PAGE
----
The speaker at the same time is implying that if the lad does not produce offspring to perpetuate his beauteous qualities, he will be like one who fails to satisfy his debts, thereby, resulting in unhappiness and humiliation for all involved. Then the speaker inserts a new notion that he has not, heretofore, offered; he now proposes the idea that if the young man sires ten offspring, then ten times the happiness will result. The speaker attempts to demonstrate the marvelous boon that ten heirs would be by numerically stating, "ten times happier, be it ten for one."

Third Quatrain: Think Hard on Deathlessness

Or ten times happier, be it ten for one;
Ten times thyself were happier than thou art,
If ten of thine ten times refigur’d thee;
Then what could death do, if thou shouldst depart,
Leaving thee living in posterity?

The speaker admires his new solution so much that he repeats the number: "Ten times thyself were happier than thou art, / If ten of thine ten times refigur’d thee." The speaker employs the entire force of his argument by asserting that ten offspring would offer ten times more happiness. The speaker then queries: "Then what could death do, if thou shouldst depart, / Leaving thee living in posterity?"

The speaker desires that the young man take it upon himself to think hard on his own desire for deathlessness and how that status would be accomplished by producing lovely offspring to carry on after the lad has left his body. The speaker's question is, of course, rhetorical, and it implies that the lad could win the battle of death by leaving an heir, who would resemble the young man. Growing old, withering, and leaving this world would be outsmarted, if only the lad would marry and procreate, according to the speaker.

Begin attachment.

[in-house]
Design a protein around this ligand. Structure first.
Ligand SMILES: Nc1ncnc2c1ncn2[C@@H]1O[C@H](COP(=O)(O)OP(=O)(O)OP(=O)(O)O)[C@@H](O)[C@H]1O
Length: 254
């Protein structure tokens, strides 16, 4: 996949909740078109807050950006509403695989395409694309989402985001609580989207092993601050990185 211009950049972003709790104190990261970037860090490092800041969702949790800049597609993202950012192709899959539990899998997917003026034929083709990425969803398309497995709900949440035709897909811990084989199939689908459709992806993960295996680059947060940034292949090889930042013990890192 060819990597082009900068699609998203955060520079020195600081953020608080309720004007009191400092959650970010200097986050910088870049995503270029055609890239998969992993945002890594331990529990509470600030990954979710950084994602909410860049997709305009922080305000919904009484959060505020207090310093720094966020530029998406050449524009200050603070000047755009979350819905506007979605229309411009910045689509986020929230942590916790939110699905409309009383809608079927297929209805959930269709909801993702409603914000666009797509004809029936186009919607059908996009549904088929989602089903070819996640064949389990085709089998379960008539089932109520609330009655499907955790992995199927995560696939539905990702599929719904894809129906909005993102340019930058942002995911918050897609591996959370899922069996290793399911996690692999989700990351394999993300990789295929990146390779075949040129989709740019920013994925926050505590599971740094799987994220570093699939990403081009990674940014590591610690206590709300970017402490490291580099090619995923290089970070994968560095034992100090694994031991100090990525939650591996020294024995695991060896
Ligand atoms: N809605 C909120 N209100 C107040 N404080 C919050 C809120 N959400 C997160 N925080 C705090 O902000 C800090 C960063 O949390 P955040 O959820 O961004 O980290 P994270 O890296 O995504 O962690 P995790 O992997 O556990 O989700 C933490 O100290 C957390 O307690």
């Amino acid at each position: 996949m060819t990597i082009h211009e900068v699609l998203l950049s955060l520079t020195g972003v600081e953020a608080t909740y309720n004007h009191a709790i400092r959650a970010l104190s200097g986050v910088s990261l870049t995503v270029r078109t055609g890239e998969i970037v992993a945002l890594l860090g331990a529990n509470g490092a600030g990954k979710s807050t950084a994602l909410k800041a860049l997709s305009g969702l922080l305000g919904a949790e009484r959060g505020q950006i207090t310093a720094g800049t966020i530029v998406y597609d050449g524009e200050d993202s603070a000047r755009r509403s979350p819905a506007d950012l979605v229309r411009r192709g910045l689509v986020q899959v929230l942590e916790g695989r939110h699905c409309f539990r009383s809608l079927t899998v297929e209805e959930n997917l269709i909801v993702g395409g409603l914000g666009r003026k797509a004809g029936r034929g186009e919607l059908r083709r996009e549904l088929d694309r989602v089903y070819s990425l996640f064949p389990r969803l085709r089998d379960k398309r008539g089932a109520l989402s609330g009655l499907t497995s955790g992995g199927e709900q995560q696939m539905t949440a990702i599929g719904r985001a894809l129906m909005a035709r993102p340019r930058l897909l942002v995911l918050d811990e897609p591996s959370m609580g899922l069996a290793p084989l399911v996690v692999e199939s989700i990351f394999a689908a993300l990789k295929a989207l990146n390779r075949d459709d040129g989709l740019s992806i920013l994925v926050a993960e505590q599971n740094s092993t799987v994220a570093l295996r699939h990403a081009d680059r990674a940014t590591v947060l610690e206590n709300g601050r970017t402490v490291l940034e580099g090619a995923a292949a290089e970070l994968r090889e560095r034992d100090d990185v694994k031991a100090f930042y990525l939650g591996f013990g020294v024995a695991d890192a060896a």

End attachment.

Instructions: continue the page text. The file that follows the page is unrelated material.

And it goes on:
The Couplet: To Avoid Selfishness

Be not self-will’d, for thou art much too fair
To be death’s conquest and make worms thine heir.

Finally, the speaker demands that the young man not remain "self-will’d," that is, thinking only of his own pleasure and enjoyment, wishing that the time frame of the present could ever be, without sufficient cogitation on the future. The speaker desires to impart to the younger man the notion that the lad's pleasing qualities are too valuable to permit "worms" to become "thine heir."

The speaker employs the unpleasantness of nature as well as nature's loveliness and beauty—whichever seems to further his cause—in convincing the young lad that reproducing heirs remains one of his most crucial duties in life. The speaker continues his efforts to persuade the young man to marry and procreate by portraying old age and death as utterly disagreeable, especially wherein the aging one has not taken the steps against self-destruction by marrying and procreating many offspring that will continue the qualities of the father.

The speaker remains adamant in his demands. He varies his techniques, images, metaphors, and other elements of his little dramas, but he remains steadfast in his one goal, persuading the young man to marry and produce lovely children. At times, he seems to be reading the young man’s mind in order to land on the particular set of images that he deems most workable in his persuasive attempts.

Shakespeare Identified Lecture, Mike A'Dair And William J. Ray